Table of Contents
Understanding DAOs: Decentralized Autonomous Organizations
Every organization has its leaders, right? Not necessarily. Blockchain technology, which underlies the cryptocurrency industry, is enabling the formation of decentralized autonomous organizations, or DAOs.
Keep reading to learn more about decentralized autonomous organizations.
What is a DAO?
Decentralized autonomous organizations are independently functioning organizations distinguished by their lack of centralized ownership or leadership.
DAOs use blockchain technology for all aspects of their operations, including processing transactions and making governance decisions. More specifically, DAOs use blockchain-enabled smart contracts that can be crafted for many different purposes and are self-enforcing. Most DAOs also support a native currency, which can be used to help align the interests of a DAO’s members and provide participation incentives.
How do DAOs work?
The governance of a DAO is decentralized. Smart contracts, which leverage the transparency and consensus protocols inherent in blockchain technology, are used to perform certain functions. These can include:
- Controlling access to the organization's treasury: Smart contracts can require consensus approval for any member of the DAO to access the organization’s assets.
- Making operational changes: DAO members use smart contracts to put forth proposals, which are then voted on by all stakeholders of the DAO. Stakeholders are typically owners of the governance currency used by that particular organization.
- Increasing transparency: Smart contracts make all rules and protocols known to every member of the DAO.
Decentralized vs. Centralized Organizations
Let’s dig into how DAOs differ from traditional, centralized organizations:
- Hierarchical structure: DAOs’ organizational structures are flat and fully democratic, whereas hierarchies typically exist in traditional organizations. Every stakeholder in a DAO holds equal authority. The lack of hierarchy in DAOs also eliminates the divide that exists between centralized organizations and their customers. In a DAO, individuals who use a service can also interact in its governance.
- Consensus decision making: DAOs make decisions by consensus, requiring majority approval for any change. Consensus is a familiar concept for blockchain tech, as a similar mechanism exists to verify blocks.
- Transparency and security: The use of blockchain technology enables DAOs to make every aspect of an organization more transparent and secure. Centralized organizations are often less transparent, and rely more heavily on systems of trust for security. Decentralization incorporates what are known as trustless systems, which means the system works without the need for or the implementation of trust.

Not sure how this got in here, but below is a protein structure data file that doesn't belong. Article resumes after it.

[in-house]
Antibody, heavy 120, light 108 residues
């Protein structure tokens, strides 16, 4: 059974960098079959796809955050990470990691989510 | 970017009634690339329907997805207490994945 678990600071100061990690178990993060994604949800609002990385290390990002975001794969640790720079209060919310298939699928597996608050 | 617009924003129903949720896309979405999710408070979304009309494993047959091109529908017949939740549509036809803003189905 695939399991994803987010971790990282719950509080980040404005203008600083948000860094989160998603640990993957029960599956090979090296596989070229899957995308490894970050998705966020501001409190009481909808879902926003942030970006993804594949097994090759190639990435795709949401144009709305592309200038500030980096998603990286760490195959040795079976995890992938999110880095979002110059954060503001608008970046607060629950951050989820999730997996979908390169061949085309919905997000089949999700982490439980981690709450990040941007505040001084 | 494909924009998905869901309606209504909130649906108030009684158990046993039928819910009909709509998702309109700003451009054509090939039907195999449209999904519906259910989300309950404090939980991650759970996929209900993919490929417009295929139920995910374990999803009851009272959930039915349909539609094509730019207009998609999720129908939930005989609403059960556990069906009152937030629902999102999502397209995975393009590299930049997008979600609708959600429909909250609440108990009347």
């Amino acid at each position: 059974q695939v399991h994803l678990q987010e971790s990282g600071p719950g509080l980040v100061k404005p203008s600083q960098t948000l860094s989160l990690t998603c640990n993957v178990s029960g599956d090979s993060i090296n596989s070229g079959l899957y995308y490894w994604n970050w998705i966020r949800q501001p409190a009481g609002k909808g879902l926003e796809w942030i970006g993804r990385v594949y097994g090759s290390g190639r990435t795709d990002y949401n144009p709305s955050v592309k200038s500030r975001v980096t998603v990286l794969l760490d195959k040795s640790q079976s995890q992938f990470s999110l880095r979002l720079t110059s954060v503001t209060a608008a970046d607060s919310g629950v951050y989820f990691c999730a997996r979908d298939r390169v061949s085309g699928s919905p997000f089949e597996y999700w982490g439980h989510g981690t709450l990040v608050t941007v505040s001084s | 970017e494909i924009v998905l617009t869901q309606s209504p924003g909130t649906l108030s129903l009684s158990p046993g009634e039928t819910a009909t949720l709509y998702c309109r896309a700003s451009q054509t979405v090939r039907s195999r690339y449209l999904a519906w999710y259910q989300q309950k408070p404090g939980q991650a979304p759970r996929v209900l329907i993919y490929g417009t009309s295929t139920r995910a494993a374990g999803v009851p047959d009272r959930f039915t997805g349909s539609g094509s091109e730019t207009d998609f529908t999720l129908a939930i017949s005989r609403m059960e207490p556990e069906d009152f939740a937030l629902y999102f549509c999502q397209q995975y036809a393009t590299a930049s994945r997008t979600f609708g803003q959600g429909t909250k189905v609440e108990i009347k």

- Automation: Many operational functions for DAOs, such as voting and spending, are automated via smart contracts. Centralized organizations tend to perform more of their operations manually once the decisions are made.
Here are some examples of DAOs:
- MakerDAO: This Ethereum-supported DAO is the organization that supports the cryptocurrency DAI. MakerDAO’s native token, known as MKR, is used to govern DAI. MKR token holders, in proportion to their MKR holdings, can vote on key protocol decisions and participate in the development of the DAI network. MakerDAO was established in 2014.
- MolochDAO: Another Ethereum-supported DAO, this organization was formed in 2018 to award grants to projects that advance the Ethereum ecosystem. The decisions are made on Moloch through a very simple proposal and voting design. Moloch research guilds use funds to research topics that would serve the Ethereum ecosystem.
This article is for information purposes only. It does not constitute investment advice in any way. It does not constitute an offer to sell or a solicitation of an offer to buy or sell any cryptocurrency or security or to participate in any investment strategy.
iTrustCapital is a cryptocurrency IRA software platform. It is not an exchange, funding portal, custodian, trust company, licensed broker, dealer, broker-dealer, investment advisor, investment manager, or adviser in the United States or elsewhere. iTrustCapital is not affiliated with and does not endorse any particular cryptocurrency, precious metal, or investment strategy.
Cryptocurrencies are a speculative investment with risk of loss. Precious metals are a speculative investment with risk of loss. Cryptocurrency is not legal tender backed by the United States government, nor is it subject to Federal Deposit Insurance Corporation (“FDIC”) insurance or protections. Clients do not receive a choice of custody partner. The self-directed purchase and sale of cryptocurrency through a cryptocurrency IRA have not been endorsed by the IRS or any regulatory agency. Historical performance is no guarantee of future results.
Some taxes and conditions may apply depending on the type of IRA account. Investors assume the risk of all purchase and sale decisions. iTrustCapital makes no guarantee or representation regarding investors’ ability to profit from any transaction or the tax implications of any transaction. iTrustCapital does not provide legal, investment or tax advice. Consult a qualified legal, investment, or tax professional.
iTrustCapital makes no representation or warranty as to the accuracy or completeness of this information and shall not have any liability for any representations (expressed or implied) or omissions from the information contained herein. iTrustCapital disclaims any and all liability to any party for any direct, indirect, implied, punitive, special, incidental or other consequential damages arising directly or indirectly from any use of this information, which is provided as is, without warranties.
© 2023 ITC2.0, Inc.
All rights reserved.